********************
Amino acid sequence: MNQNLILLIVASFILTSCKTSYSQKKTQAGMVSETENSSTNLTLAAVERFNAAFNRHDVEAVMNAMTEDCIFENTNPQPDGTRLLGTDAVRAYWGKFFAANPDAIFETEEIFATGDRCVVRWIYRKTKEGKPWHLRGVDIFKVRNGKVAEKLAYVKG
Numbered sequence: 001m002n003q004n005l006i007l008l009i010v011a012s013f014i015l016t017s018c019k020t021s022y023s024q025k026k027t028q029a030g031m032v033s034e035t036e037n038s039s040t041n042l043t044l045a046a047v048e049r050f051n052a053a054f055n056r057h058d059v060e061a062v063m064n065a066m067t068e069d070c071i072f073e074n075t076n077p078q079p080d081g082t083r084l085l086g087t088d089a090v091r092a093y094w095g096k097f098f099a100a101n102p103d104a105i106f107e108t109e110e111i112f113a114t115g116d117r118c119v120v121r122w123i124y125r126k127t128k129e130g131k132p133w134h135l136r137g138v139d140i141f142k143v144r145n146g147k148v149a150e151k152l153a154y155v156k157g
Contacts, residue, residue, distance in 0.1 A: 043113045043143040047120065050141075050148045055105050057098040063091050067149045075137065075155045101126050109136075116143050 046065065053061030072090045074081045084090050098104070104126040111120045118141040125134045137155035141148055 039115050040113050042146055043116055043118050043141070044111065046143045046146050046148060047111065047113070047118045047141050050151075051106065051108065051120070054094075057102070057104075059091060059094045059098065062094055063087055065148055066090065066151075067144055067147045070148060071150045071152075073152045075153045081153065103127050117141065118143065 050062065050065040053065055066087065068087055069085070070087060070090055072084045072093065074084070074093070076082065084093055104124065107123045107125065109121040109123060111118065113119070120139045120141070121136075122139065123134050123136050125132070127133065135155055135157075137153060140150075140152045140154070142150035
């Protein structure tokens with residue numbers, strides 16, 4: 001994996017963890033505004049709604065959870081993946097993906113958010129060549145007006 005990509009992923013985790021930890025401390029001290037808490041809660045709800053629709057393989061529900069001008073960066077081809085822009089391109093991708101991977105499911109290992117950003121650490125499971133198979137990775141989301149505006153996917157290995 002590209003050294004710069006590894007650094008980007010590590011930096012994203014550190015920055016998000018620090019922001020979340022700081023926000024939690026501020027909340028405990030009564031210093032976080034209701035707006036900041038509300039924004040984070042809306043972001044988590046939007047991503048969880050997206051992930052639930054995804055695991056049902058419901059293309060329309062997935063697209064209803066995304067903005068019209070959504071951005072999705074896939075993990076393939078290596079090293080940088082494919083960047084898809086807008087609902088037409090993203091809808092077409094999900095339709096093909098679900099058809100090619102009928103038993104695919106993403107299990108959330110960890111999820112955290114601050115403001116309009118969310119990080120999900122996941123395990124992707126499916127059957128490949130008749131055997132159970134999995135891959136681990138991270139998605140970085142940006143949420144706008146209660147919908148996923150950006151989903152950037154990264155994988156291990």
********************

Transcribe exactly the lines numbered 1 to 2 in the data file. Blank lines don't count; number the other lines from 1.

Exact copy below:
Amino acid sequence: MNQNLILLIVASFILTSCKTSYSQKKTQAGMVSETENSSTNLTLAAVERFNAAFNRHDVEAVMNAMTEDCIFENTNPQPDGTRLLGTDAVRAYWGKFFAANPDAIFETEEIFATGDRCVVRWIYRKTKEGKPWHLRGVDIFKVRNGKVAEKLAYVKG
Numbered sequence: 001m002n003q004n005l006i007l008l009i010v011a012s013f014i015l016t017s018c019k020t021s022y023s024q025k026k027t028q029a030g031m032v033s034e035t036e037n038s039s040t041n042l043t044l045a046a047v048e049r050f051n052a053a054f055n056r057h058d059v060e061a062v063m064n065a066m067t068e069d070c071i072f073e074n075t076n077p078q079p080d081g082t083r084l085l086g087t088d089a090v091r092a093y094w095g096k097f098f099a100a101n102p103d104a105i106f107e108t109e110e111i112f113a114t115g116d117r118c119v120v121r122w123i124y125r126k127t128k129e130g131k132p133w134h135l136r137g138v139d140i141f142k143v144r145n146g147k148v149a150e151k152l153a154y155v156k157g